Who’s unconformable?

I spent the spare moments over Thanksgiving break working to complete a geologic map of the Big Run watershed in Shenandoah National Park.  Fun stuff.  My structural geology seminar has Monday, December 6th as a deadline to turn in their geologic map, cross sections, structural contour map, and research report – thus it is my deadline as well.

Geologists enjoy telling stories, stories that come from observing rocks at the outcrop, piecing together the spatial relations between outcrops, and learning secrets from the rocks themselves by cutting them open, measuring their microscopic structures, and analyzing their chemistry.  This is a story about old rocks exposed in the Blue Ridge Mountains and my structural geology seminar.  I tasked the students with determining whether the contact (boundary) between the underlying greenstones of the Catoctin Formation and sedimentary rocks of the Weverton Formation is conformable or unconformable?

What does it mean to be conformable or unconformable?  When layers of rocks are deposited in a continuous succession through time without any significant break in deposition they are conformable.  But if deposition is interrupted or there is an episode of erosion between deposition then the boundary between the older and younger rocks is unconformable, in essence part of the geologic record is missing.

Outcrop views of conformable and unconformable sequences. Top- a conformable sequence of inclined Devonian mudstone and sandstone in West Virginia. Bottom- angular unconformity (wiggly white line) separating tilted Jurassic strata from horizontal Paleocene strata in Utah.

The Catoctin Formation takes its name for exposures at Catoctin Mountain, Maryland and consists of a thick pile of metamorphosed lava flows that extruded out and flooded an ancient landscape some 560 million years ago.  Sandstones, conglomerates, and mudstones of the Weverton Formation, named for the Weverton cliffs along the Potomac River near Harpers Ferry, were laid down in rivers and alluvial plains during the early Cambrian period.  Collectively, this rock sequence has been interpreted to record an episode of tectonic rifting that tore apart the ancestral North American continent and created the Iapetus Ocean (which long since disappeared due to the tectonic collisions that created the Appalachian mountain range).  For nearly a century geologists have debated the nature of the boundary between the Catoctin and Weverton formations.  A conformable contact makes for a simpler story with volcanism and rifting preceding the birth of the Iapetus Ocean and its attendant sea level rise across the continent.  With an unconformity in the sequence geologists must rethink their tectonic models.

Stratigraphic relationship and outcrop photos of the Catoctin (basaltic greenstone) and Weverton (conglomerate, sandstone, and mudstone) formations.

In humid and temperate regions like the Blue Ridge Mountains weathering and soil-forming processes cover up the bedrock and obscure geologic contacts.  To answer the conformable or unconformable question we need to map the geology and discern the geometry of the contact over a wide area.  In the past five years, working with a crew of W&M undergraduates we’ve mapped this contact across much of Shenandoah National Park. This semester we targeted the Big Run basin; existing geologic maps are nearly 40 years old and their portrayal of the geology is not detailed.  As with most seminar courses in the Geology Department, students conduct original research that provides new data on Earth history and process.  We’ve made three trips to the Blue Ridge, enjoying crisp and brilliant autumn weather each time.  Collectively we’ve traversed and retraversed the Big Run basin, looking for bedrock outcrops and attempting to follow the geologic contact wherever it is located.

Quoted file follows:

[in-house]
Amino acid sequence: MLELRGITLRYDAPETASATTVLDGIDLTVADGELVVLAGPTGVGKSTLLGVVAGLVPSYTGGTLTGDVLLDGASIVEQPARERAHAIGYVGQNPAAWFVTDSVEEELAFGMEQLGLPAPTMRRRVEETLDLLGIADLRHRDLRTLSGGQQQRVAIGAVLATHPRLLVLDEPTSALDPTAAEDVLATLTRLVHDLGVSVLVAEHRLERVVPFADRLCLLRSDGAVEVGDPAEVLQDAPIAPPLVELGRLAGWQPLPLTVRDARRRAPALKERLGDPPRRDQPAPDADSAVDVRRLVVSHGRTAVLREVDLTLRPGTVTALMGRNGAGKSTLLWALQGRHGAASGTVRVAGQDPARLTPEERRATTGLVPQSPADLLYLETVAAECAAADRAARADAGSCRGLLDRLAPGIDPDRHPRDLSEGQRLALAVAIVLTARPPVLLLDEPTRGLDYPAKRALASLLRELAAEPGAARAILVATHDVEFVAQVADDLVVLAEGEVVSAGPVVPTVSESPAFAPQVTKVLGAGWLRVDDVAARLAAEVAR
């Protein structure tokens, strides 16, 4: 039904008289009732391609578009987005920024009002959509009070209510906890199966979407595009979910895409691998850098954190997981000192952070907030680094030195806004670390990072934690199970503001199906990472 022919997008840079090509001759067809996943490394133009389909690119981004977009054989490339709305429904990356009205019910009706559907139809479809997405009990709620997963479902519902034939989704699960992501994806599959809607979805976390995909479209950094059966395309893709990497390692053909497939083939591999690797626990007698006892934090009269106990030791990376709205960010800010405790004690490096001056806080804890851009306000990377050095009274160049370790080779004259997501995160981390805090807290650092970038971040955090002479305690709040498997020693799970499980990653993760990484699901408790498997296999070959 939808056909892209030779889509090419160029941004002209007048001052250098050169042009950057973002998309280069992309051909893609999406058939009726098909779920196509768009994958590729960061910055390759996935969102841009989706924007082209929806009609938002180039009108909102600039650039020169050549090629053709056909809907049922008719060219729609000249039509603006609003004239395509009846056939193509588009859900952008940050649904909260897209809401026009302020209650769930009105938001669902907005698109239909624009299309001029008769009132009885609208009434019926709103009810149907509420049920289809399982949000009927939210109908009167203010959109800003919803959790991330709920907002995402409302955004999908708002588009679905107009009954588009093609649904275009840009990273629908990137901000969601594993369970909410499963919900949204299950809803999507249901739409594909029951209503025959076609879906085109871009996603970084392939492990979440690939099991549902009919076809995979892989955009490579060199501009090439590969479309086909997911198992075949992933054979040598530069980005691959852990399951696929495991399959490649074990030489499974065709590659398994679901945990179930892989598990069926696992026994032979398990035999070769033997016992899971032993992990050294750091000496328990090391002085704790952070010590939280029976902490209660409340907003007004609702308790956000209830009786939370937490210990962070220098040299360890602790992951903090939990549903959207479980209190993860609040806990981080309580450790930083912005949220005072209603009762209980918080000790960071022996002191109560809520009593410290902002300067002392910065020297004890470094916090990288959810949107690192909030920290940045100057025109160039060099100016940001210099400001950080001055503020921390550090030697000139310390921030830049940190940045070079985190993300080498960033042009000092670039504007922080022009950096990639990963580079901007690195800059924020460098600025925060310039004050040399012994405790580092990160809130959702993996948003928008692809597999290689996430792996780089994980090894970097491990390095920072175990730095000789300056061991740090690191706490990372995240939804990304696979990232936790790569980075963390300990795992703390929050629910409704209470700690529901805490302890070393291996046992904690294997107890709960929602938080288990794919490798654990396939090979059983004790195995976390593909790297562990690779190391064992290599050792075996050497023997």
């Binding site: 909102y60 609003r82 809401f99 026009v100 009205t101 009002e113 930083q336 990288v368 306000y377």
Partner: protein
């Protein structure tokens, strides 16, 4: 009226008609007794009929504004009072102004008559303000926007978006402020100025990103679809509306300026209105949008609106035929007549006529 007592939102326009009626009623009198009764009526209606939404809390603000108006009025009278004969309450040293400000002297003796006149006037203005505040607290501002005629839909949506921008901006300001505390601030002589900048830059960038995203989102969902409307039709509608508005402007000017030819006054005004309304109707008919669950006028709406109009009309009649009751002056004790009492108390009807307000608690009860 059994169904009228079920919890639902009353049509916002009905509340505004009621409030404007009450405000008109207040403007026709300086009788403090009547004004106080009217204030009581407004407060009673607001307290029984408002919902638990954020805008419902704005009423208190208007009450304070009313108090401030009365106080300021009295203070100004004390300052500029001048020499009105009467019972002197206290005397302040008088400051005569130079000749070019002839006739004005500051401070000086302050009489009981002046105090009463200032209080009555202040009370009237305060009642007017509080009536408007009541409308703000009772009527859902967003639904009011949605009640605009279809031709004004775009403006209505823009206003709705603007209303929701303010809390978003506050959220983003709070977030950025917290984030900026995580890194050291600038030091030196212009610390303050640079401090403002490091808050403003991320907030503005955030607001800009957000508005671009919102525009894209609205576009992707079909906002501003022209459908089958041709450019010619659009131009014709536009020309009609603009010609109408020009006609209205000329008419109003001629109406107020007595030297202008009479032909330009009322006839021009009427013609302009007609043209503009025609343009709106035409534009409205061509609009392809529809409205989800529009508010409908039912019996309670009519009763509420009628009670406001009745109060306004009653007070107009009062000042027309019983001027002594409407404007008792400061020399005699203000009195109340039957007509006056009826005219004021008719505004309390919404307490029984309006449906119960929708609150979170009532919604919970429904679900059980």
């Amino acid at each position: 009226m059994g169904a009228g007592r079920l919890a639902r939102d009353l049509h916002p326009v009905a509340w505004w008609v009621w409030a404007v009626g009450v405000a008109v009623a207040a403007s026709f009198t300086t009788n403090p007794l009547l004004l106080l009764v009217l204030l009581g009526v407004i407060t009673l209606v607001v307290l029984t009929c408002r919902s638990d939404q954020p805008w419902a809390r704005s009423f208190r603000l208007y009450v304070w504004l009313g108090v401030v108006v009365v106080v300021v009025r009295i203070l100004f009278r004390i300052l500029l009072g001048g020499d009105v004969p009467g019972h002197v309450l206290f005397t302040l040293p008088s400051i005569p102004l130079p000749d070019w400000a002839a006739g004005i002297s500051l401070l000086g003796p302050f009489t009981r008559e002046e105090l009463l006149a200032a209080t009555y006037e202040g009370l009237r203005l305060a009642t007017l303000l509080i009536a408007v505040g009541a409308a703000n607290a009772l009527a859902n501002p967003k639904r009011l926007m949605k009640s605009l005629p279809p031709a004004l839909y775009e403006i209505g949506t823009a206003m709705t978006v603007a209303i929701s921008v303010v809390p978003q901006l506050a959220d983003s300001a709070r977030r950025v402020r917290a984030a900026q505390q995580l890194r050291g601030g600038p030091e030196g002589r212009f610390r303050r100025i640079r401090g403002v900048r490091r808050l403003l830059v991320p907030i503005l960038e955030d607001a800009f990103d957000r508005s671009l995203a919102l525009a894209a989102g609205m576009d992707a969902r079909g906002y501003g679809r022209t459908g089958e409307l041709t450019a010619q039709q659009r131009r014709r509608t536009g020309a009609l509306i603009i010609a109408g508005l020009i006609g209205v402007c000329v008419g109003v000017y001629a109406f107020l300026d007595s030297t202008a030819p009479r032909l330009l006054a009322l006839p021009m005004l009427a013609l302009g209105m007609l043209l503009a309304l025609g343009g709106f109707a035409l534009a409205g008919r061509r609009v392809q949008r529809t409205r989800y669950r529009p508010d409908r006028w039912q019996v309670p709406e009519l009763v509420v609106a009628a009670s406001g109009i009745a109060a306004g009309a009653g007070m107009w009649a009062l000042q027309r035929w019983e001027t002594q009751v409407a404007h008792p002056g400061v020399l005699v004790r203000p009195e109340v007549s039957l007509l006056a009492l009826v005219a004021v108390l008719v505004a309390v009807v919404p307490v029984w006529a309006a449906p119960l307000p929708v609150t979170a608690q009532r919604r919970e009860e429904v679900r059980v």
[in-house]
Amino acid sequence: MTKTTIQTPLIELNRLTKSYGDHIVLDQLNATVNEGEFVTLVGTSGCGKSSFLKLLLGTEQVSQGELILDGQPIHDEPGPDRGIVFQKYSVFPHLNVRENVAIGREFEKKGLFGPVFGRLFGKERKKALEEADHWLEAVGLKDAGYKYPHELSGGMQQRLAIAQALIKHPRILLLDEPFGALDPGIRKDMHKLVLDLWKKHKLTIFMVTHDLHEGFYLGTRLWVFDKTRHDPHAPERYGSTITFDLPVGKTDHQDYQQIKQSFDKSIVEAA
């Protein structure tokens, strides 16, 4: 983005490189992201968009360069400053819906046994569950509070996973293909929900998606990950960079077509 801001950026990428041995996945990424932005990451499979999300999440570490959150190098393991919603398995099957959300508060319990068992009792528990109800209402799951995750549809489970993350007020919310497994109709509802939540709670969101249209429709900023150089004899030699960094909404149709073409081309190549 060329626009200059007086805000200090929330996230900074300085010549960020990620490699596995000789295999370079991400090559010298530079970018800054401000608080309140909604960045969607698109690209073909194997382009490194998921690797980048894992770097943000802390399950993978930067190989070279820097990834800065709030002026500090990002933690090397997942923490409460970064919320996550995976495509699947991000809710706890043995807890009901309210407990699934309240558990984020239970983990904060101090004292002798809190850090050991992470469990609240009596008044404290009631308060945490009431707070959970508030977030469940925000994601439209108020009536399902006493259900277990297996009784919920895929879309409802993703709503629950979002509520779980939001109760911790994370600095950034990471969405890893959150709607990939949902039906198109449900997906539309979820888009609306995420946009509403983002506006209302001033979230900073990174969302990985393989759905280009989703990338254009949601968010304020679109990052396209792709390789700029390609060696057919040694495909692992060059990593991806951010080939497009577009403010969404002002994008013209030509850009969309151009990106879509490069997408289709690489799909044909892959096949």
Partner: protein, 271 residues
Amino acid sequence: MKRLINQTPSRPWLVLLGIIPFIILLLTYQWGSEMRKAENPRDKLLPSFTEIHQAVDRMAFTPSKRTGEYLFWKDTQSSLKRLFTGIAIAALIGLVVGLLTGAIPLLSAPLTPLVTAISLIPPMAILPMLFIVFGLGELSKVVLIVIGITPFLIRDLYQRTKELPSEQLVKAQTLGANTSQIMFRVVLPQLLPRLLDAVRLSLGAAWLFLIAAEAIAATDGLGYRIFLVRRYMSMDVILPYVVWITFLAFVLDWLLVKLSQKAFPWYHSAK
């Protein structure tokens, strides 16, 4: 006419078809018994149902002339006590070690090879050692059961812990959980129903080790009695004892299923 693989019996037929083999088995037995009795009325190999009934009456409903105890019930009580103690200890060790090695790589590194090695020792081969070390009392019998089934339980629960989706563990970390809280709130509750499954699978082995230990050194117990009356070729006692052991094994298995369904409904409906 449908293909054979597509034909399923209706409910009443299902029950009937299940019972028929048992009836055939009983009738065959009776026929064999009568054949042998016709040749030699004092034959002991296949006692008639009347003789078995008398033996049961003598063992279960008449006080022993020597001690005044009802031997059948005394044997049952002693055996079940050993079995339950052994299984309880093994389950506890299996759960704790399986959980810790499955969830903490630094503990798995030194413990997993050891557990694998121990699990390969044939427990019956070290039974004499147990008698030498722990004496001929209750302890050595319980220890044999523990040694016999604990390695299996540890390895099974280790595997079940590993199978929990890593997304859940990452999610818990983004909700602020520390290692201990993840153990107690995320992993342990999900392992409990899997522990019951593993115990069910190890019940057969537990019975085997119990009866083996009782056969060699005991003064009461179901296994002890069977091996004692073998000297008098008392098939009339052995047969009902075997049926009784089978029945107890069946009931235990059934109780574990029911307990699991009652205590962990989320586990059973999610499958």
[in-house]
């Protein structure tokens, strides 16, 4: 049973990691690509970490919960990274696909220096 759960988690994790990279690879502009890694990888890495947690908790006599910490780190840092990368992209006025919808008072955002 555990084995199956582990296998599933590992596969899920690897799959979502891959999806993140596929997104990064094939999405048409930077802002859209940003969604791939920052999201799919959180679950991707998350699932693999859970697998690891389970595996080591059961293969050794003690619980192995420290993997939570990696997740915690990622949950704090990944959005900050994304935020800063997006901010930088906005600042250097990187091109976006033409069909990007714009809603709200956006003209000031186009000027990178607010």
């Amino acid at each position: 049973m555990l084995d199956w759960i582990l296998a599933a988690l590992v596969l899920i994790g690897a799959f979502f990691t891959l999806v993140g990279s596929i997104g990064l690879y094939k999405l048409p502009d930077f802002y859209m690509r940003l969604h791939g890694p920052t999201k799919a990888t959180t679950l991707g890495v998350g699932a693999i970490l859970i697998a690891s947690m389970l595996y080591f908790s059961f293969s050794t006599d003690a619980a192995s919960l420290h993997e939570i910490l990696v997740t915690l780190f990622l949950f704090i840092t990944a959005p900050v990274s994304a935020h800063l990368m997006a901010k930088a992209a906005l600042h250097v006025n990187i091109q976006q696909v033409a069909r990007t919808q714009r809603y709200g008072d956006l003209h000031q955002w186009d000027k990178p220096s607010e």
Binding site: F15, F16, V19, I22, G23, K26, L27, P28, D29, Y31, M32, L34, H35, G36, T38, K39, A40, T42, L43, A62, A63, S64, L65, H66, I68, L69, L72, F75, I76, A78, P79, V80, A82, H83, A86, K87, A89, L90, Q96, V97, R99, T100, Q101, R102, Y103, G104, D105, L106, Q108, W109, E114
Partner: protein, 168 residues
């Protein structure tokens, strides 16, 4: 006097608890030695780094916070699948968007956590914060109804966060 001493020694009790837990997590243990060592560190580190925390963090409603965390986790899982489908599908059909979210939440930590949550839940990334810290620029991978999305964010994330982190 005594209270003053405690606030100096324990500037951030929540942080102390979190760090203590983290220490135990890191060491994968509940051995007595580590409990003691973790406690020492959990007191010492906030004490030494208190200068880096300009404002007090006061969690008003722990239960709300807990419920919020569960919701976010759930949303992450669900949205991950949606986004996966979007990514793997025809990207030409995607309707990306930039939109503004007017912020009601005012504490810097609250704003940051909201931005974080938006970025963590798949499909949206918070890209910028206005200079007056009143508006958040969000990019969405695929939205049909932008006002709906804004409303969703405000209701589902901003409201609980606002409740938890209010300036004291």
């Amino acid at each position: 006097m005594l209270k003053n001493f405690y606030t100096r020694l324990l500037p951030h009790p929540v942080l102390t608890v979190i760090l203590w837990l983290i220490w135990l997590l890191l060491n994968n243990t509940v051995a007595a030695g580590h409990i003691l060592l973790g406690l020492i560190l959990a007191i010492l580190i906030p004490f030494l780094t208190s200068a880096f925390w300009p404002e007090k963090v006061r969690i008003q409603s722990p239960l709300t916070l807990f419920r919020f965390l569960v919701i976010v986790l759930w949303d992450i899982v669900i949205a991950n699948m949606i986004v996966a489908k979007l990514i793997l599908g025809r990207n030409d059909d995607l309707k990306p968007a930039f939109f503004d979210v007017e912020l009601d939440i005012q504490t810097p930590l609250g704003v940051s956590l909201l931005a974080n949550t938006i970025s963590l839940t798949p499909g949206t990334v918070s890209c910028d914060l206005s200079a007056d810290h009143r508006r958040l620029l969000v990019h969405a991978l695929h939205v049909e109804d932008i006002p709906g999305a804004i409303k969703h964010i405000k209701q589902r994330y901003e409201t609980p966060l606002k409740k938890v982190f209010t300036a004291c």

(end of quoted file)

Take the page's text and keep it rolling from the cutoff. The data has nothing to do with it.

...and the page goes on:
Oblique aerial view (in Google Earth) looking to the southeast illustrating GPS tracklines from the Structural Geology seminar’s traverses in the Big Run basin, Shenandoah National Park, Virginia.

Making a geologic map in the Blue Ridge Mountains is as much a physical endeavor as an intellectual pursuit.  Our study area has over 500 meters (1,640 feet) of topographic relief.  Although the study area is laced by a network of trails, to map the contact we end up way off the trails.  We end up in briar thickets and laurel thickets; we end up on the steepest slopes and in creek bottoms looking for outcrop.  We measured hundreds of geologic structures and delineated the position of the contact and a number of locations.  Our maps, structural contours, and cross sections are now taking shape in digital form.  So is the contact conformable or unconformable?  No comment just yet.  Check back in a week or so to see our completed maps and conclusions.

Views from the field. Left- frozen fingers taking notes on a cold morning. Right- measuring rock structures with a clinometer.

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1 Comment
  1. Jessica Ball

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